“To me, first and foremost, family law is about helping people get through a very difficult time in their lives by listening and helping to find solutions,” he said. “Other cases I deal with address domestic violence or parents who have challenges raising their children in the aftermath of a break in their relationship; so I see my roles as helping to protect the public and to help parents make decisions that serve the best interests of children.”  

Convey says the humanities track he chose was the vehicle that led him to his judicial calling. But as a student at ASU, he said he would have never imagined this would be the career he’d end up in. That’s why when it comes to choosing an academic path, he encourages students to keep an open mind.

“A lot of people ask whether I always planned on becoming a judge, and I realize that I could have stayed in Chicago and become a firefighter like my dad, but my parents gave me the confidence to find my own opportunities,” he said. “I recognize all the time that my liberal arts degree is what helped me get here — my advice to students is to try many things and don’t be afraid of changing your mind, because exploring opportunities is why you go to school.”

Writer, The College of Liberal Arts and Sciences


image title

5 years later, still going strong

First SCAP partners began taking ASU Online classes in October 2014.
>3K have earned ASU degree through tuition program while working at Starbucks.
October 15, 2019

More than tuition: Trailblazing Starbucks College Achievement Plan continues to offer partners support, flexibility with ASU Online

Thousands of Arizona State University graduates will forever associate the heady aroma of piping hot coffee with their hard work in completing college. At the fifth anniversary of the Starbucks College Achievement Plan, more than 3,000 people have earned their bachelor’s degree while working at Starbucks.

More than 80 degrees are offered through ASU Online. For many, the plan — in which Starbucks employees, called “partners,” are reimbursed for tuition every semester — was a chance to get back on track with a dream that was temporarily delayed.

One of the proud graduates is Robert Lamb, who had to put college on hold in order to go to work.

“My parents had always told me from a young age how important education was, and I had an opportunity to go to Howard University right out of high school,” he said. After five years, he was close to graduating but had to leave school to work.

“I was always determined to go back,” he said.

He started working at Starbucks in 2010 and last year joined the Starbucks College Achievement Plan. He was able to transfer more than 100 credits, but he was still a little nervous about returning to school.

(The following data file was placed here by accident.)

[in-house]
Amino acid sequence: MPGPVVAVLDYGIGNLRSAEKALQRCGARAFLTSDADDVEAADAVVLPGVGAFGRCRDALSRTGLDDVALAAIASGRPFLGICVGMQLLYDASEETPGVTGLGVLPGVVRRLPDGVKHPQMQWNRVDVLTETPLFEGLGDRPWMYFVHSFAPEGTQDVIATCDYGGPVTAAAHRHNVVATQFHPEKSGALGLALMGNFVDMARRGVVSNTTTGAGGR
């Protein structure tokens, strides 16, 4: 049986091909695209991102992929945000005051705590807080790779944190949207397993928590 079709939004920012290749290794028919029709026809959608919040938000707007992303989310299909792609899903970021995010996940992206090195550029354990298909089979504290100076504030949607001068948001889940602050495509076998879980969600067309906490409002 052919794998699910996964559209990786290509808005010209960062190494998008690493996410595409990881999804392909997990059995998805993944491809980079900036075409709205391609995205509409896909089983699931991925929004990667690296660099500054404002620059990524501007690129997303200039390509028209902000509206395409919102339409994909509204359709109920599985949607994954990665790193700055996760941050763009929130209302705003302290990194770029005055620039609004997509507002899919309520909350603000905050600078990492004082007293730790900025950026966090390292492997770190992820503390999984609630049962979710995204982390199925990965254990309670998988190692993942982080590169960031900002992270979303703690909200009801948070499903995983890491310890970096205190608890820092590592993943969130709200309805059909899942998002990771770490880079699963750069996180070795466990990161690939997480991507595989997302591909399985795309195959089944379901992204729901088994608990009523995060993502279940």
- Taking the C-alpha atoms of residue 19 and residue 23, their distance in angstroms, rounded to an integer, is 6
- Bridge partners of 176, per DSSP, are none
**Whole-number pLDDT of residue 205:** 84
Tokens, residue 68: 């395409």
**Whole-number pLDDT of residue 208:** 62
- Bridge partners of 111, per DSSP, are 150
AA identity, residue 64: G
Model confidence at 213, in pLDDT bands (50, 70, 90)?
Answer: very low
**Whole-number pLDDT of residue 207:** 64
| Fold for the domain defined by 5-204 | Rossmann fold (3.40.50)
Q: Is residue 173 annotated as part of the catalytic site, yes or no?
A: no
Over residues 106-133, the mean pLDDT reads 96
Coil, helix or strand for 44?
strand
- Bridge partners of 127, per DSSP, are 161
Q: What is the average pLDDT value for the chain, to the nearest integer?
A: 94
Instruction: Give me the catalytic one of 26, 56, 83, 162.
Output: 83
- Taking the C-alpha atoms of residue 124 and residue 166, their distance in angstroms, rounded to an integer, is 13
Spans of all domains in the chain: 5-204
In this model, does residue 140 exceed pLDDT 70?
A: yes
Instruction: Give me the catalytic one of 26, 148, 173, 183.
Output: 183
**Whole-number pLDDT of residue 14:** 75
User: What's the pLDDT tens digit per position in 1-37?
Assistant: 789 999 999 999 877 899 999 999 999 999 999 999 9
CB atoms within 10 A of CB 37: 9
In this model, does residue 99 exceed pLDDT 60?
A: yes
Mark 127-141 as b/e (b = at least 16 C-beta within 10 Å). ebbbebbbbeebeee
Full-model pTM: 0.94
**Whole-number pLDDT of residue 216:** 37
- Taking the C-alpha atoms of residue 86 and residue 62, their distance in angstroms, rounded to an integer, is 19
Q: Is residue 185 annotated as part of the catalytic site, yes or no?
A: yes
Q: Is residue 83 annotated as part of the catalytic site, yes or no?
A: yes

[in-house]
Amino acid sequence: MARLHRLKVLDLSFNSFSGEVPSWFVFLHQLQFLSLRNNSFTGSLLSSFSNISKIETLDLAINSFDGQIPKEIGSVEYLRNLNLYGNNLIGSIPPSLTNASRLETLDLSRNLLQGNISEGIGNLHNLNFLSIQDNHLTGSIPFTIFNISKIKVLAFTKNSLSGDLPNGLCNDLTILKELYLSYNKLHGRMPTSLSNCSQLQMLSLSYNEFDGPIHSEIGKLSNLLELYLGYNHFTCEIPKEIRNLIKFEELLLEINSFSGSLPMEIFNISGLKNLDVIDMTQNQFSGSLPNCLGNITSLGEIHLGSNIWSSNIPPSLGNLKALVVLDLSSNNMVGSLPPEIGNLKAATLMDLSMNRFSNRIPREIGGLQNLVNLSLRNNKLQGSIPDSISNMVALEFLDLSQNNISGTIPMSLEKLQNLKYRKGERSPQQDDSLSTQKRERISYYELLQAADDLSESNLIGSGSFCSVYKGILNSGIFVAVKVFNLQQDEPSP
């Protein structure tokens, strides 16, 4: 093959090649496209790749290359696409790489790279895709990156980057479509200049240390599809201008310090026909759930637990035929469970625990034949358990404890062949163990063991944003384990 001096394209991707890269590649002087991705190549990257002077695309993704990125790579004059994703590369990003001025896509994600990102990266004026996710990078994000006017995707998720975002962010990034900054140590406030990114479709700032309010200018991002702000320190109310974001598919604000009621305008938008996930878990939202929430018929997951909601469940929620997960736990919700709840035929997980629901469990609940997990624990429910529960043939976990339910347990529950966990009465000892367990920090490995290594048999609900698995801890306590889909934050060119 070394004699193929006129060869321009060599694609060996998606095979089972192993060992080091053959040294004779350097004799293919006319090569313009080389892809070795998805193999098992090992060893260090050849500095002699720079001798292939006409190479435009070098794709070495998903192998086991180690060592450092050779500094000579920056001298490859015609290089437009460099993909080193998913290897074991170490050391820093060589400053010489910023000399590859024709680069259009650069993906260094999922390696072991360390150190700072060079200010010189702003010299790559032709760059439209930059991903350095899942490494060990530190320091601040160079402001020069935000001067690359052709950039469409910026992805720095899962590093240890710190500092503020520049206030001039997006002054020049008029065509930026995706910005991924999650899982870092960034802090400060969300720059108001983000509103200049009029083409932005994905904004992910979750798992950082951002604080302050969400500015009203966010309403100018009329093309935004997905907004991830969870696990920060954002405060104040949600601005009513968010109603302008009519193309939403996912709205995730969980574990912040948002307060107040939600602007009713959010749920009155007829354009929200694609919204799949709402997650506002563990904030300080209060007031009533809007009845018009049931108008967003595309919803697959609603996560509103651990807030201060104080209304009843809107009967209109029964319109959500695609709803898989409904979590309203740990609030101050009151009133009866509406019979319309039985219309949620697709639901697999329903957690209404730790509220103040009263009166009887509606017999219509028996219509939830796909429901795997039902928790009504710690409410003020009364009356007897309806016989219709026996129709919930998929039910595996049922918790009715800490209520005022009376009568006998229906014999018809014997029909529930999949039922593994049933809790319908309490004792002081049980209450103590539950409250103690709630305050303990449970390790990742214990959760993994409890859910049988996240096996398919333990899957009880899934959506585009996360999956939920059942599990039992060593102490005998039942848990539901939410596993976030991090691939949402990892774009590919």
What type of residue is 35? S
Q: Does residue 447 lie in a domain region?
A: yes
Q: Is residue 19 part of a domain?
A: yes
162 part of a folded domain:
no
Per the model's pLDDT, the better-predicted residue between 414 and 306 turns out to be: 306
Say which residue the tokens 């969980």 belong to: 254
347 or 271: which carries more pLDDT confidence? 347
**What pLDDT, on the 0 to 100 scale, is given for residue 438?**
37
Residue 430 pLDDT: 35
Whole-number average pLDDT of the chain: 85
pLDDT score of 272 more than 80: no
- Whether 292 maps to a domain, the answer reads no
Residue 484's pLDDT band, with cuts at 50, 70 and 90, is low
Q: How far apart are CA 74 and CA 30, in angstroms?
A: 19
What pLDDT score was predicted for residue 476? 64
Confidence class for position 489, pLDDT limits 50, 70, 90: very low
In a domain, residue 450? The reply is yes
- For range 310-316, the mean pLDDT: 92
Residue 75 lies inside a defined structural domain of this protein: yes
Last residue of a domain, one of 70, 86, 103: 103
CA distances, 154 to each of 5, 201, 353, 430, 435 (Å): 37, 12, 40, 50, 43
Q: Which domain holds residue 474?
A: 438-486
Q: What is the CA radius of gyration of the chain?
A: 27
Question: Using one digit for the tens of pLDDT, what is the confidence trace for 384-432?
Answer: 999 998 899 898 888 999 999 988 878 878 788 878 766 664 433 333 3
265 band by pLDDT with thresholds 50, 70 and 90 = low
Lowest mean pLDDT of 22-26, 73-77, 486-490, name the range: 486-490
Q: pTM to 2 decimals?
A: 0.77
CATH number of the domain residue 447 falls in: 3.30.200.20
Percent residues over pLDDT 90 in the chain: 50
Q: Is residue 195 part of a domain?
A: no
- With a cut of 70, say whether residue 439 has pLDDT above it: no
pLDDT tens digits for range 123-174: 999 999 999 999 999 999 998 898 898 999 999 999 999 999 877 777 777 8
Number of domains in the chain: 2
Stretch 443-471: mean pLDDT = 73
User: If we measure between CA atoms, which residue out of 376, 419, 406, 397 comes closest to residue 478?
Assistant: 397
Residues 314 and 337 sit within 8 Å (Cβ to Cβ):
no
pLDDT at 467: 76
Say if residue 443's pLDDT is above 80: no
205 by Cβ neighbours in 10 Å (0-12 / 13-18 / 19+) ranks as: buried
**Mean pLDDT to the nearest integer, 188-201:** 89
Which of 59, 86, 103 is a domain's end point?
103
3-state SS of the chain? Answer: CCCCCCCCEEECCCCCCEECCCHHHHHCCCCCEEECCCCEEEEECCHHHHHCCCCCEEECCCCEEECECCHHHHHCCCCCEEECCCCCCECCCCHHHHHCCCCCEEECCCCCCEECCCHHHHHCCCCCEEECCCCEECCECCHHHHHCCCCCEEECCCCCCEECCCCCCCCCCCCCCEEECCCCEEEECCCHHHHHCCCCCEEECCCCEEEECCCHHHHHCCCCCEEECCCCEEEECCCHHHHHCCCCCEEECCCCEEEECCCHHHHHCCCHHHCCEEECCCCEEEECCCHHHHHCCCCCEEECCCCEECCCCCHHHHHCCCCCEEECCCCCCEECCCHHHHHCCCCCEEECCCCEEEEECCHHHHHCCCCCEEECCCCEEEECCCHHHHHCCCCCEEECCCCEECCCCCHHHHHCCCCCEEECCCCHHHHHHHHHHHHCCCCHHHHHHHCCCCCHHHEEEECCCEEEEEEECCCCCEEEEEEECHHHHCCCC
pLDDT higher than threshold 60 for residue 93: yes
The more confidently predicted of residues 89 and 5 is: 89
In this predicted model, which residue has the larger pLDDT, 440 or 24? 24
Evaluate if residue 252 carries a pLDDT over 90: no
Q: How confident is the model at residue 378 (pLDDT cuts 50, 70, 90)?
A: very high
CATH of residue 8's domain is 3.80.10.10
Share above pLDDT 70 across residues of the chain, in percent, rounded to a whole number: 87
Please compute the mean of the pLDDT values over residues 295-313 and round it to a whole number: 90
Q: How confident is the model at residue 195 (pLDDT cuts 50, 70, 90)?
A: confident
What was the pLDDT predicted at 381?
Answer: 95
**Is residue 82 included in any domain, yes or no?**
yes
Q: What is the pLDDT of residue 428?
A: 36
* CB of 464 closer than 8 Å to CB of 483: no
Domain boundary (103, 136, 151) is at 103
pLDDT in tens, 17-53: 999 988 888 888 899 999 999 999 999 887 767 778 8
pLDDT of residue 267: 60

“I liked the flexibility of online classes, and having eight years of real-life experiences helped me to be structured and disciplined,” he said.

After three semesters, Lamb graduated with a degree in liberal studies and is grateful for the help he had along the way.

“I had the support of my district manager, my regional director, the other partners,” he said. “We have the Workplace Scholar Group, with encouraging messages to each other. That combination helped me get through it. Starbucks has a really great structure and support system, and there’s someone to support you every step of the way.”

Lamb recently finished a temporary assignment with the SCAP program in Seattle and now is a store manager in Baltimore.

“It was amazing to be able to give back to the program that gave me and my family so much,” he said.

ASU President Michael Crow accepts coffee trees from Starbucks partners

Starbucks partners Alexa Kerege (center) and Amber Lawson — who are pursuing their ASU Online degrees in community health and communications, respectively, through the Starbucks College Achievement Plan — present ASU President Michael Crow with seedling coffee trees at a surprise celebration for the fifth anniversary of the Starbucks-ASU partnership Oct. 9 in Tempe. Photo by Alisha Mendez/EdPlus at ASU

Kaede Balazs was the first Starbucks partner to graduate using the program, the first classes for which began in mid-October 2014.

“I originally began college in 2002, and that’s also when I applied to work at Starbucks because I heard they were really accommodating with school schedules and I could have access to benefits even working part-time, which was great for a college student,” Balazs said.

She earned an associate degree and then decided to pause her education while working to save up for a bachelor’s degree.

“That turned into six or seven years,” she said. “But I always wanted to go back to school.”

In 2011, she moved to the Valley and the following year began classes at ASU’s Tempe campus. She wanted more flexibility, so she switched to ASU Online.

“It was perfect because we moved to Germany for a temporary work assignment and I could go to school while living abroad,” she said.